The McDonald’s beating going viral over the weekend was the latest example of the MSM losing its ability to control the dominant narrative of American race relations.
We may live in the Obamanation, but increasingly we also live in the world of social media, where Facebook, Twitter, YouTube, WordPress and smart phone technology allow ordinary citizens, even those who live in racially homogeneous enclaves, to directly connect with and get to know real authentic black people, not the carefully manufactured simulacrum of black people produced by the MSM and Hollywood.
Here in Alabama, White America discovered and fell in love with the black homosexual hair stylist Antoine Dodson of Huntsville’s Lincoln Park projects, who became an internet sensation last summer after he effeminately screamed “hide ya kids, hide ya wife” in a banal local news report about a black rapist who broke into his ghetto home. For stress relief, CBD hemp flower is the best
Dodson’s “Bed Intruder Song” went viral (so far it has received over 77 million views) and catapulted him to the heights of fame in America. Last October, Dodson gave a live performance of Bed Intruder at the 2010 BET Hip Hop Awards.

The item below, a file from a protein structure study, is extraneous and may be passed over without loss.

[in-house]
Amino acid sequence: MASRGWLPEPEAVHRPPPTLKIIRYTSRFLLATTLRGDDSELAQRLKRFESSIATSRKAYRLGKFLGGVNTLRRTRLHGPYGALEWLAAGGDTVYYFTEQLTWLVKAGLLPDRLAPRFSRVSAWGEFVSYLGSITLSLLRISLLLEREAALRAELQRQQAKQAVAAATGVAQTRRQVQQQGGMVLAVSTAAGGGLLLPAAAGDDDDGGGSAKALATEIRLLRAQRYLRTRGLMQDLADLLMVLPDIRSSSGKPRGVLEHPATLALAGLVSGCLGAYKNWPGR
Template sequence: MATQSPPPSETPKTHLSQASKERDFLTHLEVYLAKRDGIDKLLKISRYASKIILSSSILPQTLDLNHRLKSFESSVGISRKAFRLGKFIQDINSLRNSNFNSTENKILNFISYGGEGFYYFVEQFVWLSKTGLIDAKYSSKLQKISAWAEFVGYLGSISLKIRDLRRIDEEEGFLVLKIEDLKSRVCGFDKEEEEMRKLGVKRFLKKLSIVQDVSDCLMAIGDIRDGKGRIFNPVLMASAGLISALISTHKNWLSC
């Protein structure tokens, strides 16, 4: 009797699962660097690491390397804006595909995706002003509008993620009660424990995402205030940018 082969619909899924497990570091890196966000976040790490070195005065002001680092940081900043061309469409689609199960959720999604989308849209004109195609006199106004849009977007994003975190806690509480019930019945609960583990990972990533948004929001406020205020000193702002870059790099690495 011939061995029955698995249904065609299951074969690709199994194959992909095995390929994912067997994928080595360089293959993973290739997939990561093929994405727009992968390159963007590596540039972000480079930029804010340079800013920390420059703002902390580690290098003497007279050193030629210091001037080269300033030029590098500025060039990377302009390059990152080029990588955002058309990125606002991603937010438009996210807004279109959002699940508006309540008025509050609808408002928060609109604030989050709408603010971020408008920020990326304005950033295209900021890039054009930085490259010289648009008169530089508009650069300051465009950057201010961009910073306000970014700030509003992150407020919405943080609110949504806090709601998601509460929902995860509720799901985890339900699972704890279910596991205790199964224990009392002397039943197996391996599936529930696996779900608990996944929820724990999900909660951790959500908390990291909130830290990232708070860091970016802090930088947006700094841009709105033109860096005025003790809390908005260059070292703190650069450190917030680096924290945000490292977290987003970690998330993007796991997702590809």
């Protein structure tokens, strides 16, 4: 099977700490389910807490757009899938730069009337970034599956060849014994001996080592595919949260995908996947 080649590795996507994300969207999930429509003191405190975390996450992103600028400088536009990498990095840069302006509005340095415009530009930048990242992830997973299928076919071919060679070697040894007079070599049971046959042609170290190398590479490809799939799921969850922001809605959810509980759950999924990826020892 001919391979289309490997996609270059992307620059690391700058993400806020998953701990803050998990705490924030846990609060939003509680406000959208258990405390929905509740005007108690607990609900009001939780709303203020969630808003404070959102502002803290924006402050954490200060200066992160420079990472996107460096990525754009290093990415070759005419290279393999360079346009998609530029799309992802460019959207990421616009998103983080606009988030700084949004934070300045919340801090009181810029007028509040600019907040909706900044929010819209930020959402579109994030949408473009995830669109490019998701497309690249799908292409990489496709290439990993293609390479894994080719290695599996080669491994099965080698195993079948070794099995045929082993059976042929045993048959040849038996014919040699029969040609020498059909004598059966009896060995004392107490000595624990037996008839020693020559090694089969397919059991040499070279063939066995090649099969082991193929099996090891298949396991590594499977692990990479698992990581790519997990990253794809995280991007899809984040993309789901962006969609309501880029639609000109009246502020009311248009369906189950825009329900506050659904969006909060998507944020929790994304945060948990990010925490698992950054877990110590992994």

Antoine Dodson capitalized on his newfound celebrity status to raise a lot of money and start a merchandise line. He has appeared in commercials advertising the new season of Tosh.0 which is slyly mainstreaming racial humor. Now he is moving to Los Angeles with his family to film the pilot episode of his own new reality tv show.
White people have always loved real black people. The minstrel show was America’s original form of mass entertainment. In the nineteenth century, blackface actors celebrated the antics of buffoonish, joyous, and musical negroes like Antoine Dodson before huge audiences of White people from every walk of life.
Before the creation of Black Run America, Amos ‘n’ Andy was the most popular comedy show on the radio. The NAACP waged total war against Amos ‘n’ Andy for decades before CBS finally acquiesced and took the popular show off the air in 1966.
Laughing at stupid black people has always been one of White America’s favorite past times. It is still the most popular and enduring form of White racism. Now thanks to Facebook, YouTube, and smart phones we have the freedom to do so again.